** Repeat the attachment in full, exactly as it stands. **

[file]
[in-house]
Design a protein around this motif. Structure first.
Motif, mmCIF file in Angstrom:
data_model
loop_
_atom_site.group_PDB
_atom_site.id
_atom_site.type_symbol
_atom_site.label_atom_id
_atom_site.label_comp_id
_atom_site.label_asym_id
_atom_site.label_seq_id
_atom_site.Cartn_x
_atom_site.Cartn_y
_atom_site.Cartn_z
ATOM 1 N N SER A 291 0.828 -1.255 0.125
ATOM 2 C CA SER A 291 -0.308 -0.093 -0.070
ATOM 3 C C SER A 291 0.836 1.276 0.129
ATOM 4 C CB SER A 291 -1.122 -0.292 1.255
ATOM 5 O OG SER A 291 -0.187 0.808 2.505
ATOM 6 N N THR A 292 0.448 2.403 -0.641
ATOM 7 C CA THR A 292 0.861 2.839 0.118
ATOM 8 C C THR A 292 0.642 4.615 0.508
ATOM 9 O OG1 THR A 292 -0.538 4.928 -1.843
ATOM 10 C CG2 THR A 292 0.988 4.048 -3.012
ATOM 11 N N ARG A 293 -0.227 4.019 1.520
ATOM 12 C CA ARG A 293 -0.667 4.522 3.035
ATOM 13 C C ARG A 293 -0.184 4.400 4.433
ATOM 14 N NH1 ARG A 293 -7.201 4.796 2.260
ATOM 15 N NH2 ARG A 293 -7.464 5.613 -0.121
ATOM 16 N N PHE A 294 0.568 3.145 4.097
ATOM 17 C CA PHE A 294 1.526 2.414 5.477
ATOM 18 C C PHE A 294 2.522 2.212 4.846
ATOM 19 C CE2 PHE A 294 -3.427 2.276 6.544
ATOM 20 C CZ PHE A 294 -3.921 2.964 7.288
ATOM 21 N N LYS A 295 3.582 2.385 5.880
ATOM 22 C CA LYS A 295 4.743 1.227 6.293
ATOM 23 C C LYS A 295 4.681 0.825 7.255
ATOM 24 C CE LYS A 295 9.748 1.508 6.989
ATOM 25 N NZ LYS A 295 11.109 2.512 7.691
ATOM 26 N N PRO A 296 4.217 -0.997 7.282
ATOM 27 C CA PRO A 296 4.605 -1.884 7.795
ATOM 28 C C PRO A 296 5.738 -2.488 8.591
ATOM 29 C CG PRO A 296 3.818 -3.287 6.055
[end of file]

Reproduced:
[in-house]
Design a protein around this motif. Structure first.
Motif, mmCIF file in Angstrom:
data_model
loop_
_atom_site.group_PDB
_atom_site.id
_atom_site.type_symbol
_atom_site.label_atom_id
_atom_site.label_comp_id
_atom_site.label_asym_id
_atom_site.label_seq_id
_atom_site.Cartn_x
_atom_site.Cartn_y
_atom_site.Cartn_z
ATOM 1 N N SER A 291 0.828 -1.255 0.125
ATOM 2 C CA SER A 291 -0.308 -0.093 -0.070
ATOM 3 C C SER A 291 0.836 1.276 0.129
ATOM 4 C CB SER A 291 -1.122 -0.292 1.255
ATOM 5 O OG SER A 291 -0.187 0.808 2.505
ATOM 6 N N THR A 292 0.448 2.403 -0.641
ATOM 7 C CA THR A 292 0.861 2.839 0.118
ATOM 8 C C THR A 292 0.642 4.615 0.508
ATOM 9 O OG1 THR A 292 -0.538 4.928 -1.843
ATOM 10 C CG2 THR A 292 0.988 4.048 -3.012
ATOM 11 N N ARG A 293 -0.227 4.019 1.520
ATOM 12 C CA ARG A 293 -0.667 4.522 3.035
ATOM 13 C C ARG A 293 -0.184 4.400 4.433
ATOM 14 N NH1 ARG A 293 -7.201 4.796 2.260
ATOM 15 N NH2 ARG A 293 -7.464 5.613 -0.121
ATOM 16 N N PHE A 294 0.568 3.145 4.097
ATOM 17 C CA PHE A 294 1.526 2.414 5.477
ATOM 18 C C PHE A 294 2.522 2.212 4.846
ATOM 19 C CE2 PHE A 294 -3.427 2.276 6.544
ATOM 20 C CZ PHE A 294 -3.921 2.964 7.288
ATOM 21 N N LYS A 295 3.582 2.385 5.880
ATOM 22 C CA LYS A 295 4.743 1.227 6.293
ATOM 23 C C LYS A 295 4.681 0.825 7.255
ATOM 24 C CE LYS A 295 9.748 1.508 6.989
ATOM 25 N NZ LYS A 295 11.109 2.512 7.691
ATOM 26 N N PRO A 296 4.217 -0.997 7.282
ATOM 27 C CA PRO A 296 4.605 -1.884 7.795
ATOM 28 C C PRO A 296 5.738 -2.488 8.591
ATOM 29 C CG PRO A 296 3.818 -3.287 6.055